Community support

A public relations officer surnamed Chan told the Global Times that violent activities have disturbed residents.

"My area has been hit 10 times since August 5. From some online video clips, it seems that residents support the rioters, but it is not the case," Chan said.

"Many residents have offered support for us and resent the protesters coming to our area," Chan said.

Chan also noted that the police received 600 letters demanding that they not issue a letter of no objection to the organizers of the August 11 protest, because they realized that most of the demonstrations in their area usually end in violence.

Chan also said the protests had affected local businesses, while some residents have had problems with going to sleep at night. 

"They are the silent majority, but it doesn't mean they are not affected," Chan noted.

Chan said some residents provided police with intelligence on the whereabouts of the vehicles of protesters andwhat materials they had, which helped police remove concealed weapons based on the tips they received.

Fake reporters 

Due to his identity, a mobile force officer felt that some of his friends who had different political views isolated him.

"They began to disrespect my profession and even verbally attack me," the officer said. "At first, I would explain to them what happened, which was futile."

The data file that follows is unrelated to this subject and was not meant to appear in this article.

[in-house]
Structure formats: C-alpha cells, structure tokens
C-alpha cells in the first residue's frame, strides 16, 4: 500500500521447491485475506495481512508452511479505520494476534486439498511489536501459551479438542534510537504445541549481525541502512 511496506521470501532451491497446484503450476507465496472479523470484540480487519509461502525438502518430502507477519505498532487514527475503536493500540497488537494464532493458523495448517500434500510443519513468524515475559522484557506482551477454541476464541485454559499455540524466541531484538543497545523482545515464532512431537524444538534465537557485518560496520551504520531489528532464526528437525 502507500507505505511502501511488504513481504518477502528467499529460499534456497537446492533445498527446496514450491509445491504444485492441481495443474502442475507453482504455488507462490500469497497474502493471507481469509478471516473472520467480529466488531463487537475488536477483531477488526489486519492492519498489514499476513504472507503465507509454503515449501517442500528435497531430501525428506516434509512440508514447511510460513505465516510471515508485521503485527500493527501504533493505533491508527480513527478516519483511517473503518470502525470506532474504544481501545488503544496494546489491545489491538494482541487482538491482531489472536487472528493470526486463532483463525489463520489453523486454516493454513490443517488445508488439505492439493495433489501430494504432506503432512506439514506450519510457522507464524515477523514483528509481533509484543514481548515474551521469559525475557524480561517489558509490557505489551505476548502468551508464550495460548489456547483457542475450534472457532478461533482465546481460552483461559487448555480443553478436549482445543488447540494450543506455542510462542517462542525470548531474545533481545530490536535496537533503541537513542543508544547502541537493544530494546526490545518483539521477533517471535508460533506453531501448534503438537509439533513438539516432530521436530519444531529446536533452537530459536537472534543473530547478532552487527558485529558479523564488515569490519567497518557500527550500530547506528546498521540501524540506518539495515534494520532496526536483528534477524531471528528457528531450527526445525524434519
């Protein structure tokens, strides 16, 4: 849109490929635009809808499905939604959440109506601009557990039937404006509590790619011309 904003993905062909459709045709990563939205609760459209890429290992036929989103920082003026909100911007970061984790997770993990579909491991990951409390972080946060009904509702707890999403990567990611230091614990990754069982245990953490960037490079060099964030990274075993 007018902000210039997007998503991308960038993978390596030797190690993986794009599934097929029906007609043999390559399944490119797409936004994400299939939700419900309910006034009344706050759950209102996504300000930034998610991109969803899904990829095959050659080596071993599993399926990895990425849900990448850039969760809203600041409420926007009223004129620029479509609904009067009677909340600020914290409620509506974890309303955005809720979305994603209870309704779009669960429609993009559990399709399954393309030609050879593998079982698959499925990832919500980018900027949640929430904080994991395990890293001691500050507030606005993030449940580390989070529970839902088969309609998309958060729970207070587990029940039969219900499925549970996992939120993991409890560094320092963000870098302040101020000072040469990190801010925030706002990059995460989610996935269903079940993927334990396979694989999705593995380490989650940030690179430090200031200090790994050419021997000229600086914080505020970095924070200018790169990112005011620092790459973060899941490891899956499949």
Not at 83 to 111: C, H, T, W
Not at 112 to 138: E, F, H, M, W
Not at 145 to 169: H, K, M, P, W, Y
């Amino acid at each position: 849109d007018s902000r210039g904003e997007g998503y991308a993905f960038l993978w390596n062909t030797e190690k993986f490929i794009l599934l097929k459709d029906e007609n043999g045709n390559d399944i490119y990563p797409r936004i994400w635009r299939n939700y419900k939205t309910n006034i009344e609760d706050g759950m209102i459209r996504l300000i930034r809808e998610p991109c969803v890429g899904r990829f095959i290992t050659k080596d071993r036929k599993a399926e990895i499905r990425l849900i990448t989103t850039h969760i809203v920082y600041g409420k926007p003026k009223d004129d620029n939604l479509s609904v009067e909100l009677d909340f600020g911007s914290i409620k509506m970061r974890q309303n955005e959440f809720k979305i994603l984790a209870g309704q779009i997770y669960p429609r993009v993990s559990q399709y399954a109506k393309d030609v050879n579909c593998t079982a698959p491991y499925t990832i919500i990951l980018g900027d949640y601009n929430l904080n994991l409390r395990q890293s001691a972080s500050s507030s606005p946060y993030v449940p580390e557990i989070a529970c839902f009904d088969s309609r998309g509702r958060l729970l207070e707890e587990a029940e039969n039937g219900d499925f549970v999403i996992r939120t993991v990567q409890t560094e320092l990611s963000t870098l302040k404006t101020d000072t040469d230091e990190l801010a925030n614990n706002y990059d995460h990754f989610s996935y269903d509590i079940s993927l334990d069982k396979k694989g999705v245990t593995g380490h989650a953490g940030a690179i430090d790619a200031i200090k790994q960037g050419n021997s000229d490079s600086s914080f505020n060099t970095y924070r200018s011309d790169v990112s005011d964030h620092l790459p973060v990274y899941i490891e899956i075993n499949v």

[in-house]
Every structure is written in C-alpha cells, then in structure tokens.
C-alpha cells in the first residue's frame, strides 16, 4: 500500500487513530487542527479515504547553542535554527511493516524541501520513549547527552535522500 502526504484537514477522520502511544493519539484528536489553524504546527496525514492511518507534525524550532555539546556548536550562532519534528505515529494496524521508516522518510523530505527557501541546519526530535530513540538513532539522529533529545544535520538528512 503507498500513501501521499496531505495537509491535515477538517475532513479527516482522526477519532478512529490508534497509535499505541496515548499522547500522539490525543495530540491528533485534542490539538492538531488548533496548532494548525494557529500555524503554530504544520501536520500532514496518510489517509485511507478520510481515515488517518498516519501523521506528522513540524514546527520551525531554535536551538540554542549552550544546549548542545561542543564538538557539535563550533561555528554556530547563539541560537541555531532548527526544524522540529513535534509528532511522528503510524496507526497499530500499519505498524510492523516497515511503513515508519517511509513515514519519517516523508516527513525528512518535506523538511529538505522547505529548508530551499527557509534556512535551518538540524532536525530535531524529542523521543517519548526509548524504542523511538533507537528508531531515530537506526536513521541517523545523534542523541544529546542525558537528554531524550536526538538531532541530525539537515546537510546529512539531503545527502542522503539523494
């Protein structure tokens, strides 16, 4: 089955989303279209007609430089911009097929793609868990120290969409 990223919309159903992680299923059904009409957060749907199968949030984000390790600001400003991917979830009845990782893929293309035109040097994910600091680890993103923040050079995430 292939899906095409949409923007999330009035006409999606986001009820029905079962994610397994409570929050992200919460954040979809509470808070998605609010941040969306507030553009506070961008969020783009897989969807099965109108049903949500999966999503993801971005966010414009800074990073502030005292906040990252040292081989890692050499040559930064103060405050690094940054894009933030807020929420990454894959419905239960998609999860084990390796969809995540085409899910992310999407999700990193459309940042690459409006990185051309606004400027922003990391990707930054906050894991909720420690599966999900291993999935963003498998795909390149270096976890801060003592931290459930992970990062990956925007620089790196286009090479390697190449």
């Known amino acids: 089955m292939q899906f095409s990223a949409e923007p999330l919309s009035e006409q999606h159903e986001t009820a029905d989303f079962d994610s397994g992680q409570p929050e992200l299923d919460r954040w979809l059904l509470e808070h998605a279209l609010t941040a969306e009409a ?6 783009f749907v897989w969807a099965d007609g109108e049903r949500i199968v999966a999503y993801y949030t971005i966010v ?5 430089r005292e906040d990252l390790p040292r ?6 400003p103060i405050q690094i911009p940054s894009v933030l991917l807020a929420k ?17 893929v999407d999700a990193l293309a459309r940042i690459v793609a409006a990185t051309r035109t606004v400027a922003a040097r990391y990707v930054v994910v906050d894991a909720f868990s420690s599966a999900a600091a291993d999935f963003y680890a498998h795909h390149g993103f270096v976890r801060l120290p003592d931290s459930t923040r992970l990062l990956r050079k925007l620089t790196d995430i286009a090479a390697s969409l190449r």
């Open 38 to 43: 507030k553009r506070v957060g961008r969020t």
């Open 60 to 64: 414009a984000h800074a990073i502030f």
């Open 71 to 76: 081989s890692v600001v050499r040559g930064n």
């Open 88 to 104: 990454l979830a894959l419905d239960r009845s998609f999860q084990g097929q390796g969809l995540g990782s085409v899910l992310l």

The 23-year-old officer is the same age as many of the young protesters who see the violence as a "counter-strike" game. But to him, his duty is to eliminate violence and enforce the law.

"I will enforce law even the object is my friend because I believe I'm doing the right thing," he said.

On August 25, when the officer was conducting an operational task, someone wearing a press jacket approached him and his colleagues and said that someone was in need of assistance. After they were guided to the so-called person in need, they were attacked by dozens of rioters. 

"We don't want to judge if the person with the press jacket is a real reporter or not, but it is a problem now in Hong Kong as who is a real reporter and who is not," Chan told the Global Times.

"It is possible that some protesters commit violence but his next move in front of the cameras suggested otherwise, which is despicable," Au noted, adding they cannot fix what is the truth, and their job now is to restore the rule of law in Hong Kong.